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Urban Cowboy: Making sense of monarchs and milkweed

Research, new publication further highlight Guelph’s pollinator expertise
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Urban Cowboy is Owen Roberts' weekly look at agriculture and food in Guelph.

The good folks of Markham and their elected council have become the first Canadian municipality to proclaim themselves a monarch-friendly city, to raise awareness about the decline of monarch butterflies and the species' need for habitat – specifically, milkweed.

Whether they know it or not, they did so with the help of University of Guelph expertise.

And going forward, they’ll have a new Guelph-based e-publication to keep the conversation moving.

shutterstock_164017988Monarch butterfly.

So I guess that makes us a monarch-friendly city too, practically, if not officially. 

The David Suzuki Foundation sparked the proclamation campaign, to encourage municipalities and citizens to plant and promote milkweed for monarchs. The foundation drew on Guelph researchers Ryan Norris, Tyler Flockhart and their team for guidance in describing the dynamics of the monarch’s frailty.

Good call. Norris is a monarch expert, a research chair at the University of Guelph in the Department of Integrative Biology; Flockhart is a post-doctoral fellow working with him.

Over the past few years, Norris and the Guelph research group found the big problem with monarchs’ disappearance is that milkweed, their vital food source, was being wiped out.  

swampmilkweedSwamp Milkweed. Photo provided by Stacey Curry Gunn.

Milkweed had traditionally been considered a noxious weed, and a big problem for farmers. It’s hardy and spreads easily. But when glyphosate appeared on the scene a few decades ago, milkweed could effectively be controlled. Milkweed’s presence dwindled in Ontario and the Midwest US. That’s when monarchs were in trouble.   

Research such as that from Norris and Flockhart has helped society see the light, and understand milkweed has an intrinsic role in monarchs’ survival. Ontario has now removed milkweed from its list of noxious weeds. And further studies by Norris and his group suggest female monarchs prefer laying eggs on milkweed that grows in small patches or strips of land between farmers’ fields. They like these areas better than other places where milkweed typically grows in bigger patches, such as roadsides.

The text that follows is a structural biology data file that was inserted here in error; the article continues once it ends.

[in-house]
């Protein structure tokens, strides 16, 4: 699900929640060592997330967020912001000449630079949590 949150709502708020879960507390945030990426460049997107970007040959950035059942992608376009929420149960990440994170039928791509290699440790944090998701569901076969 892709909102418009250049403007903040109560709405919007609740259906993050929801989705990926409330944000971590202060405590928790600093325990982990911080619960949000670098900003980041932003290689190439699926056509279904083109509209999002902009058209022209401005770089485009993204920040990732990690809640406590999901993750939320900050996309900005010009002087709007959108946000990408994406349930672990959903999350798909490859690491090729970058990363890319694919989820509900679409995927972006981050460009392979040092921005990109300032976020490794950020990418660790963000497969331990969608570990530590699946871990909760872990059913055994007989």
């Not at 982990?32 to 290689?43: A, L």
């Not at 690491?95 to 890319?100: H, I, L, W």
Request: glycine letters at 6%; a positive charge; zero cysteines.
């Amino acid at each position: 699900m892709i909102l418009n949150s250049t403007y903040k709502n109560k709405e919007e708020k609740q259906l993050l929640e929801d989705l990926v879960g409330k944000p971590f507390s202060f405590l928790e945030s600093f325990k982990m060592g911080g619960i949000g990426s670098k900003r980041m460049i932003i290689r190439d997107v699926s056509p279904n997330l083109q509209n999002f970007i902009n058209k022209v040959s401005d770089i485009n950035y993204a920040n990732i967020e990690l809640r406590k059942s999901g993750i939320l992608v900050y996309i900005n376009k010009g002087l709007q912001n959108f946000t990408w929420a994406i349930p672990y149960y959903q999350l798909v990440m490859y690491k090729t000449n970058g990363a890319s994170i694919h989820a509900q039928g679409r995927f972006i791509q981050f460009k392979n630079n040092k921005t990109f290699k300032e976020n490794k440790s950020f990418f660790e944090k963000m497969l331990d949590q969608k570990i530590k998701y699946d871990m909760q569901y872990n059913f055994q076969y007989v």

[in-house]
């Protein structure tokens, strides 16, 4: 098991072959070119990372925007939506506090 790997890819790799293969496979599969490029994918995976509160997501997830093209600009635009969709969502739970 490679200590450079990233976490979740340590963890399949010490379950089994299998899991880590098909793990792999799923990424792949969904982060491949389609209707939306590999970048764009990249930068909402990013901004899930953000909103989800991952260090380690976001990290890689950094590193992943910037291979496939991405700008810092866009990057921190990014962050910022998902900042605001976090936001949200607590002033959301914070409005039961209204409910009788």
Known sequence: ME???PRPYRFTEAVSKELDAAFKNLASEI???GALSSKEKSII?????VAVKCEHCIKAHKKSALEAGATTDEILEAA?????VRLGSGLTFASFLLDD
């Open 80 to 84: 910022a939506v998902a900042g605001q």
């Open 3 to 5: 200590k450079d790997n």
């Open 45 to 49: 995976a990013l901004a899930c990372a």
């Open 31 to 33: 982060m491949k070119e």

Stacey and BarryStacey Curry Gunn and her husband Barry Gunn. Photo provided.

The public’s embrace of monarchs’ plight has sparked two communications professionals from Guelph, Stacey Curry Gunn and Barry Gunn, to launch a colourful and informative online publication last month called the Milkweed Journal.

They says it’s about the art and science of creating beautiful gardens and landscapes that support biodiversity, to provide inspiration and information for landscape professionals, gardeners, the agricultural community and others. 

“We chose the name Milkweed Journal because we see milkweed as a symbol of the growing interest in sustainable gardening and landscape design,” says Curry Gunn. “Milkweed is an example of how our understanding of how ecosystems’ function is increasing, how design aesthetics change over time and how we can achieve a new balance for healthy land stewardship.”

Even though it’s called the Milkweed Journal, the publication’s reach goes beyond a single plant species. Besides a post about the best milkweed species for monarchs, its first few entries cover topics such as feeding hungry pollinators in the spring, garden tips to help bees survive, and wild flowers and ferns.

Efforts like this, and credible research at institutions such as the University of Guelph, help lead to bigger discussions and informed decisions about conservation, the environment and the ecosystem as a whole.

Congratulations to Markham for being Canada’s first monarch-friendly city.

Shouldn’t Guelph, which has a tonne of pollinator expertise and resources, be the second?



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Owen Roberts

About the Author: Owen Roberts

Owen Roberts is a journalist and a columnist with daily, weekly and monthly print and online media.
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